My cinematic trek next takes us to Denmark and Nicolas Winding Refn, who made a splash with his energetic debut PUSHER in 1996. Refn still comes off like a young upstart when introducing the film, but FEAR X (Denmark / Great Britain / Canada 2002) is his third outing, and the first in English. He is happy to be at Sitges because it's a horror festival and he loves horror - he says that he hopes that the film will give the audience the same kind of experience as he himself just had sitting opposite his hero Tobe Hoper! Unfortunately, FEAR X is a mixed bag. John Turturro gives a good low-key performance as the tortured security guard who is obsessed with finding out why his wife was killed in a seemingly random shooting. To do this, he watches security tapes he gets from a colleague at the mall he works at. When the police finally get a clue to the identity of the killer, he follows up on his own and eventually confronts the killer, to unravel the mystery. But this straightforward story - from a script by Refn and Hubert Selby Jr. of LAST EXIT TO BROOKLYN and REQUIEM FOR A DREAM - doesn't manage to hold the viewer's interest. What's worse, Refn introduces numerous "weird" touches, like ominous music, distorted dreamlike images, and a vague sense of foreboding, which can only be described as Lynch-Lite. The ending is entirely unsatisfactory and does not give answers to any questions - but by this time it does not matter too much, since the film does not ask many interesting questions to begin with! In all, if you're in for a vaguely puzzling thriller with shades of TWIN PEAKS and FARGO that never really seems to get going, this is for you. The rest of us should seek out Refn's earlier work or wait for the better films he's obviously capable of producing.

Omar Ali Khan goes MondoNext, I wanted to take a look at Celestial Pictures' crop of re-mastered Shaw pictures, part of an homage to the recently deceased Chang Che - apparently, new prints have been struck from digitally restored negatives. Unfortunately, to my dismay the print of BLOOD BROTHERS (Chang Che, Hong Kong 1973) I viewed was preceded with a disclaimer that it had in fact been struck from an un-restored negative. I'm afraid I can't say much about the film's content, because by this time I was so exhausted from my movie overdose I managed to fall asleep - not a simple feat considering the constant barrage of exaggerated fight sound effects! But what I can tell you is what to expect from one of these "non-re-mastered" prints: There were lots of scratches and dirt, especially in the first reel; but these were not too distracting. Later reels cleared up and the final part (when I woke up again!) was almost spotless. What's more, the colours looked good, nicely of the period and probably more true to the original look than a DVD with artificially pumped-up hues. So if any of these prints are playing locally, it's safe to check them out - no reason to be discouraged by the fact that they have not been "fully" re-mastered!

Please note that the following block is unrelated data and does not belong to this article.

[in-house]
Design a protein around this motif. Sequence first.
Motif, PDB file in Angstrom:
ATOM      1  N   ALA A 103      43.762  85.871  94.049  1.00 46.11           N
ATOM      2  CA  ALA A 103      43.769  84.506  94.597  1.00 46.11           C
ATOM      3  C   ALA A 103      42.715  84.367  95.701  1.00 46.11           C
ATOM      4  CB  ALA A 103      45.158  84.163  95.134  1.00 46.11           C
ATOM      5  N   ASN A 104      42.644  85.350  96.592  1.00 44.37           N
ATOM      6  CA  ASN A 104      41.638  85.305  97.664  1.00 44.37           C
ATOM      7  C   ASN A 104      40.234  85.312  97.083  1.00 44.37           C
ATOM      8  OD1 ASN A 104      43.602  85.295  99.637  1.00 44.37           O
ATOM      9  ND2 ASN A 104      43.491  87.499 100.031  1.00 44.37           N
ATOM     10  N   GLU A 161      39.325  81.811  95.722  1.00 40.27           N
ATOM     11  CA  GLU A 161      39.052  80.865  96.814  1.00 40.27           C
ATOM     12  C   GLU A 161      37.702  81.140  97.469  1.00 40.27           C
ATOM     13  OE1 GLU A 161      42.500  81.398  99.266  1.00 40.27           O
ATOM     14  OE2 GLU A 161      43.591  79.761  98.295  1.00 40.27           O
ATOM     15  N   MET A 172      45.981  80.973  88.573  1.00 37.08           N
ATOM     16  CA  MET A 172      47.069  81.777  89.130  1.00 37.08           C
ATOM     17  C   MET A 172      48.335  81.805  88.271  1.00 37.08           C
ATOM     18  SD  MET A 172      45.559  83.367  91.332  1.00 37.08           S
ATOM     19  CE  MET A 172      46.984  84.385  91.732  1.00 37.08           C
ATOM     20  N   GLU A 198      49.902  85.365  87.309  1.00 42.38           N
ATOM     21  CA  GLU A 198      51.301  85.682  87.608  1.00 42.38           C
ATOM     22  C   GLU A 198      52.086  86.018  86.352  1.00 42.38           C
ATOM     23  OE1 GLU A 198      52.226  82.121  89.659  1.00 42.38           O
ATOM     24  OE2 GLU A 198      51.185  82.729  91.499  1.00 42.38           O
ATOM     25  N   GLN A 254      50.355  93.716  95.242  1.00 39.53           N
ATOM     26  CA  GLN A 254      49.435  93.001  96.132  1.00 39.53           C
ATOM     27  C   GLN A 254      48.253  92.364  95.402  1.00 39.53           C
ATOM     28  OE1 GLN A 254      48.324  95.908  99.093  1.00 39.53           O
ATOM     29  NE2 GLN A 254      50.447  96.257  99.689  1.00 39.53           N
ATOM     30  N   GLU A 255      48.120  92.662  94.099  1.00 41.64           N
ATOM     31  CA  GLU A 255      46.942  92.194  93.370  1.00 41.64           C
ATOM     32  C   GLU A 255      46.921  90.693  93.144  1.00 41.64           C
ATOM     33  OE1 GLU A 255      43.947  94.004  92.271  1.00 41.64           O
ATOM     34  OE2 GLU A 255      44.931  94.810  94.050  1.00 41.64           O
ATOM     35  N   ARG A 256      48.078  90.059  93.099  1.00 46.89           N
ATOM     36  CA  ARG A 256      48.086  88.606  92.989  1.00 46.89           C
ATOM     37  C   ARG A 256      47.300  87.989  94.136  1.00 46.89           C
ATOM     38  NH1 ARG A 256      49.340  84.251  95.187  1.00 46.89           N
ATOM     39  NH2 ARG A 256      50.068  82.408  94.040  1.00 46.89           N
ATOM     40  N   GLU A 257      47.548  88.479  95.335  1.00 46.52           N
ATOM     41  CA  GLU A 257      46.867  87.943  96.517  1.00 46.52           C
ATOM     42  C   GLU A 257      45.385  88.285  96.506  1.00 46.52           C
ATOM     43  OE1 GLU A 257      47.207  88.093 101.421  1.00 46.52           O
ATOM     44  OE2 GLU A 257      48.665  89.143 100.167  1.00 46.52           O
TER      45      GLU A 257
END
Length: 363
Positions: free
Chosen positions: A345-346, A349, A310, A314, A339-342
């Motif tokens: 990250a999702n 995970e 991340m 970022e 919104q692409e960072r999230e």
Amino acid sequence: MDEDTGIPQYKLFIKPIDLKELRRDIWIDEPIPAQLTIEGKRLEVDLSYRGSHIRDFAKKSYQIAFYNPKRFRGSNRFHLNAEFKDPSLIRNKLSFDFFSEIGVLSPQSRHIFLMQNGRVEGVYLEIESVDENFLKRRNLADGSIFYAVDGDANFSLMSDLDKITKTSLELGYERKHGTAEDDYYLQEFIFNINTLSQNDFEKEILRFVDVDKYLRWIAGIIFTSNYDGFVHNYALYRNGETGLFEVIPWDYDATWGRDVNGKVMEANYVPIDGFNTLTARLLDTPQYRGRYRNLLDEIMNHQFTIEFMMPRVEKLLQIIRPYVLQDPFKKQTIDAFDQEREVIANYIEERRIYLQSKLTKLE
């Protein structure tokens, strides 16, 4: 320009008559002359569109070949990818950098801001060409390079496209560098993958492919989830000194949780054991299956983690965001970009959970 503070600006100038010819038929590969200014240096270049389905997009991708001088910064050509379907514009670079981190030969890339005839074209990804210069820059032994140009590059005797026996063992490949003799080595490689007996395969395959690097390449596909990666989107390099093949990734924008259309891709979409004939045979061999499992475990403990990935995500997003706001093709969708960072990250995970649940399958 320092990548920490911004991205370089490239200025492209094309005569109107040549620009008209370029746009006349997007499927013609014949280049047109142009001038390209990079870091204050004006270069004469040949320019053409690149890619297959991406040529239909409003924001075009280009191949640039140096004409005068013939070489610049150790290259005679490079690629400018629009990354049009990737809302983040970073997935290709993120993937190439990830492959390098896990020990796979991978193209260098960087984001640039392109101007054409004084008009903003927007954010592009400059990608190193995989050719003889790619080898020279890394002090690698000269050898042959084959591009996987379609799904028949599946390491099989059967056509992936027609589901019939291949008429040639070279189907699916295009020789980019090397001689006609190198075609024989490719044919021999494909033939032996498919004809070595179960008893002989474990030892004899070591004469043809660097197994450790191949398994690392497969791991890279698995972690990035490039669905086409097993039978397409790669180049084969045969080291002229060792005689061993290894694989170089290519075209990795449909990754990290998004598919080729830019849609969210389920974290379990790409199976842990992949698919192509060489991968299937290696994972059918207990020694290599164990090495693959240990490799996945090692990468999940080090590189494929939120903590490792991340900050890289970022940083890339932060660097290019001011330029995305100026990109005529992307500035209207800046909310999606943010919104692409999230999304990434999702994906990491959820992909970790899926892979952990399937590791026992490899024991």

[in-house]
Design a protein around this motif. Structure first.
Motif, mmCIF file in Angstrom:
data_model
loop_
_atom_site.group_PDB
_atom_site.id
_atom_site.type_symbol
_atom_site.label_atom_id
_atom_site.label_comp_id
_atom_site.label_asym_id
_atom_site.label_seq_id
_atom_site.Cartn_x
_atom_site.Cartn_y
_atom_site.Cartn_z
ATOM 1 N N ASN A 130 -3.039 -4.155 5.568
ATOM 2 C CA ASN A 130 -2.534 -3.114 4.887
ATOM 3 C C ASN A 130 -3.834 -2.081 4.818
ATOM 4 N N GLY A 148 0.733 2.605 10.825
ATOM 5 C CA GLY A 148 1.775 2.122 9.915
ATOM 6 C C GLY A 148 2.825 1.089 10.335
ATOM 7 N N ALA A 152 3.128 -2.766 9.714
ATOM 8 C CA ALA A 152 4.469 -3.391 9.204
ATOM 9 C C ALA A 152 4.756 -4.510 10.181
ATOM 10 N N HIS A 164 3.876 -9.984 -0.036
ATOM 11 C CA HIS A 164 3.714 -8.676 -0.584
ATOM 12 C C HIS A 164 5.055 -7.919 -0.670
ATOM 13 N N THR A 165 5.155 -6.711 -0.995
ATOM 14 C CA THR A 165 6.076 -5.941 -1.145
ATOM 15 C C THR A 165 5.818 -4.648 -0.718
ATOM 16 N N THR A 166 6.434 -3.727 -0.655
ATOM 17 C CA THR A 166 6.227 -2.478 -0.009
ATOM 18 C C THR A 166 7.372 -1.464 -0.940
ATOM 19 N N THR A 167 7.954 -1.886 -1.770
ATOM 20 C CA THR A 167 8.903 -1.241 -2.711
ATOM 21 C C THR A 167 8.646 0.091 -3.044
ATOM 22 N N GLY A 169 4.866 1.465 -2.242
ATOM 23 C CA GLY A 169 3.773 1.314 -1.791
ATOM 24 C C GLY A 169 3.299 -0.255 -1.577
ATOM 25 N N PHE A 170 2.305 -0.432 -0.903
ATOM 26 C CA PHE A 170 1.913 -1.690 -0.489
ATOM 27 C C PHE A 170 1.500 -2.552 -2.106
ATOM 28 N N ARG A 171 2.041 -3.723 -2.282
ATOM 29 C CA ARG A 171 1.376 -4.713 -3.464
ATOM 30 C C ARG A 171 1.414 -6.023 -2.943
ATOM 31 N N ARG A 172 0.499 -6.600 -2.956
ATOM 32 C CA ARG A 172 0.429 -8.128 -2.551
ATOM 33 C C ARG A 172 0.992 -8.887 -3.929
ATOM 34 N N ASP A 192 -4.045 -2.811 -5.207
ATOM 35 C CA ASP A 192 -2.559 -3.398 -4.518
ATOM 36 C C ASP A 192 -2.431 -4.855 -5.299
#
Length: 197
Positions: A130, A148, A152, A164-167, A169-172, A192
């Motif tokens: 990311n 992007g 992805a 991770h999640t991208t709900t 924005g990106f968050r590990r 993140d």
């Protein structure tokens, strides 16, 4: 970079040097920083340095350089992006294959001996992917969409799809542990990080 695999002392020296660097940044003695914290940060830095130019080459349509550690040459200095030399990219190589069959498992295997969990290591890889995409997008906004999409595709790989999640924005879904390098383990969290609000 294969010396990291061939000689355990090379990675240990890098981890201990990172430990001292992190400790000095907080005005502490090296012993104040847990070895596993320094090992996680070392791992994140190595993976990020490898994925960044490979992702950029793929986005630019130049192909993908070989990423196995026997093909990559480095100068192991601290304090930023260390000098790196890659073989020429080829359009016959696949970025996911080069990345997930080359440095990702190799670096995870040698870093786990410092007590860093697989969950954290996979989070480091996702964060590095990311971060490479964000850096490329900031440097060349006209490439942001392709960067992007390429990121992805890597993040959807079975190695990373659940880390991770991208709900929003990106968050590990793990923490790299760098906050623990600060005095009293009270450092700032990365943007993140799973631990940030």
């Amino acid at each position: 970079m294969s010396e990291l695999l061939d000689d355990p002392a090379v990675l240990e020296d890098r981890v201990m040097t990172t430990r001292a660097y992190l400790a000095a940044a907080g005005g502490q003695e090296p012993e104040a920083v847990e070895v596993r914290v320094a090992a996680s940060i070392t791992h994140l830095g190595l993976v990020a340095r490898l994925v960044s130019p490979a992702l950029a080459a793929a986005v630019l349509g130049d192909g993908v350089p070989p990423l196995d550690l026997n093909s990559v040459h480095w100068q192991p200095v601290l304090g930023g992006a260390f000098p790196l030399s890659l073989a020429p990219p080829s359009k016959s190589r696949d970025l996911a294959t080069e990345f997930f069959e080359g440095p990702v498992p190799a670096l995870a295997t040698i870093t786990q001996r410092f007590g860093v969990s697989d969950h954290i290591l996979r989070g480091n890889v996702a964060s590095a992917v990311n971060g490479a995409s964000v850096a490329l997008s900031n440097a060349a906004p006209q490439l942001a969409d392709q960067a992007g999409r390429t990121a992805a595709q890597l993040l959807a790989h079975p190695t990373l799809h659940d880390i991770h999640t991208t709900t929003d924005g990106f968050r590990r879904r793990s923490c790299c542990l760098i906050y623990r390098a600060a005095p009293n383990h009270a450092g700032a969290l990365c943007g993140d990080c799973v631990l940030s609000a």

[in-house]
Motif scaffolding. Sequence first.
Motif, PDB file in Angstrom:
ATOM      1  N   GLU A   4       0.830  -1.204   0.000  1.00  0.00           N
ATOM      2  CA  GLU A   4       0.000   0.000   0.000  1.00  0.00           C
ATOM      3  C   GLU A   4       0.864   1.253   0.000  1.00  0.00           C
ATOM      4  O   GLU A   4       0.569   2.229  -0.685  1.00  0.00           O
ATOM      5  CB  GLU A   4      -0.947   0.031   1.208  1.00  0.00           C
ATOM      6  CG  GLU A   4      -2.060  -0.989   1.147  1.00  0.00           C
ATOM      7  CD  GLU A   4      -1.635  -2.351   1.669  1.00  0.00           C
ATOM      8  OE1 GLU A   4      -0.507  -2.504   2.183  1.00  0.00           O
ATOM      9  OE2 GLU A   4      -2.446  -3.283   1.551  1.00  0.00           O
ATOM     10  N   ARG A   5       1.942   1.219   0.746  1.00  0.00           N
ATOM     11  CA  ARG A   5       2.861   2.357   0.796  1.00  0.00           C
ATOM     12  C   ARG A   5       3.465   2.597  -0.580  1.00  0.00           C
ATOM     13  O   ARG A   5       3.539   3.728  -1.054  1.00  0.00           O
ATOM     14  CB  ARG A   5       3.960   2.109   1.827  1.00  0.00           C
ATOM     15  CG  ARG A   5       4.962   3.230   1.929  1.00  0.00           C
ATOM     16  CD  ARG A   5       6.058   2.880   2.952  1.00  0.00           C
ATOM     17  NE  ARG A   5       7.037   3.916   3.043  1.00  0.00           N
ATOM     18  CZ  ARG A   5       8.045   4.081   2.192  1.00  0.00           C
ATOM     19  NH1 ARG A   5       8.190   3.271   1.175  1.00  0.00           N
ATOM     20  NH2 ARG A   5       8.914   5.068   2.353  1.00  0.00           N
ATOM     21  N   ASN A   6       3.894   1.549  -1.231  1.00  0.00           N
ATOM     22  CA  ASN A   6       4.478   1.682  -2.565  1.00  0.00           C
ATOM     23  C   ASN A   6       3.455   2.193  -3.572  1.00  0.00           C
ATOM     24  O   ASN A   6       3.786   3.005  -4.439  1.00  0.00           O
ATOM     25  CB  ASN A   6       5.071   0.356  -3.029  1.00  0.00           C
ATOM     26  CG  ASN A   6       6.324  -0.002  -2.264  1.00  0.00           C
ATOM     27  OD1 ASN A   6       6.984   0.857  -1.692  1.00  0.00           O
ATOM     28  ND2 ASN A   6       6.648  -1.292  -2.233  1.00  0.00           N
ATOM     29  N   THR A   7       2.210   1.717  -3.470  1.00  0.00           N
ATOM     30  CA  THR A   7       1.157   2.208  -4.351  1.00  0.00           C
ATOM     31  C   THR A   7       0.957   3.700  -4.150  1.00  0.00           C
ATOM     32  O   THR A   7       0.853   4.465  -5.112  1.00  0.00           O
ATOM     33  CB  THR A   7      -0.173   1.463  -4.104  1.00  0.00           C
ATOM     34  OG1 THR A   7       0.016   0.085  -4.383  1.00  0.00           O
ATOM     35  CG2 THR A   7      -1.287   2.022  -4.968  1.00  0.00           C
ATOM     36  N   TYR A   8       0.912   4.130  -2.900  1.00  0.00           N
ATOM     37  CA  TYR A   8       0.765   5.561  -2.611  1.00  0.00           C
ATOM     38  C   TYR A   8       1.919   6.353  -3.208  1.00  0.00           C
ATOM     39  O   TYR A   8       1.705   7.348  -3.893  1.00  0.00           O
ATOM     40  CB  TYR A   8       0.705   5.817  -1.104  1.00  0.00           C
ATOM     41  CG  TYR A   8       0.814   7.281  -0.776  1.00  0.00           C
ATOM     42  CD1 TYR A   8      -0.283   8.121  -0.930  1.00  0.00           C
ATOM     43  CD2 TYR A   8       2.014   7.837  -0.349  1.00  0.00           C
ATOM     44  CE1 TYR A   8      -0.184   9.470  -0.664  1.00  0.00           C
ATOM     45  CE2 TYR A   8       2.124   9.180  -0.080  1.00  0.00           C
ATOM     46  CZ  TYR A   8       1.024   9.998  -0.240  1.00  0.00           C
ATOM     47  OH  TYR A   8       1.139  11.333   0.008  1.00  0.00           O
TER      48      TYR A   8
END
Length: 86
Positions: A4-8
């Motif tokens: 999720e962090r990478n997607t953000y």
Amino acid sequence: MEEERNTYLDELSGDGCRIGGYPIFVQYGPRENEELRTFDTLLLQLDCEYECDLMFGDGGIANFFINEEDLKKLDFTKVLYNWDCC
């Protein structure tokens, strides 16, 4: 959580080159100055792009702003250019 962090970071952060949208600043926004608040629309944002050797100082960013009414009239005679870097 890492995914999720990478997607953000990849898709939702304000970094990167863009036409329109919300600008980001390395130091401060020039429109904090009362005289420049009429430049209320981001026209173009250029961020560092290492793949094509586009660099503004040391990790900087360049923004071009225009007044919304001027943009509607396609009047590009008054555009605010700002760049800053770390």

Suitably refreshed from my Chang Che-augmented nap, I next went to see indie-film legend Jim Van Bebber's magnum opus, THE MANSON FAMILY (USA 2003). This used to be called CHARLIE'S FAMILY, and this was still the on-screen title. As you may know, the film has spent over 240 years in production, and since all the original actors have died of old age, several of the leading roles are now filled-in by string puppets. Actually, joking aside, it seems that the DVD company Blue Underground has stepped in with the cash required to finally complete the movie, which was playing festivals in unfinished form as early as 1997. Luckily for us it was worth the wait - at least for the most part. The film is a vivid and believable recreation of the Manson family's lifestyle, leading up to and including the infamous Sharon Tate murders. The story is told through the use of a clever device, a "25th anniversary documentary" which is being put together by a TV reporter. This neatly allows Van Bebber to use various types of film stock and video, exploiting rather than hiding the fact that the film was pieced together from various sources and filmed over a number of years. "Real" interview segments are shown on either beat-up 16mm film (for interviews around the time of family's arrest) or video (for "contemporary" interviews). The "staged" sequences (i.e. those that definitely could not be documentary footage) are more vividly and expressively shot. These sections reach harrowing levels of intensity, especially when re-enacting the most famous murders. The only weak link in the picture - and it's a biggie - is unrelated footage of a silly contemporary youth cult who hang around naked, watch Richard Kern movies, take drugs and play with stars-and-stripes-painted dildos. Eventually these kids act out their own violent acts inspired by Manson, but this material unfortunately feels like so much filler and only cheapens the film. The film is not apologetic about Manson but very matter-of-fact, and in fact Manson comes off as a bit of a goof - perhaps the greatest mystery is how he could exert so much influence over such a long time.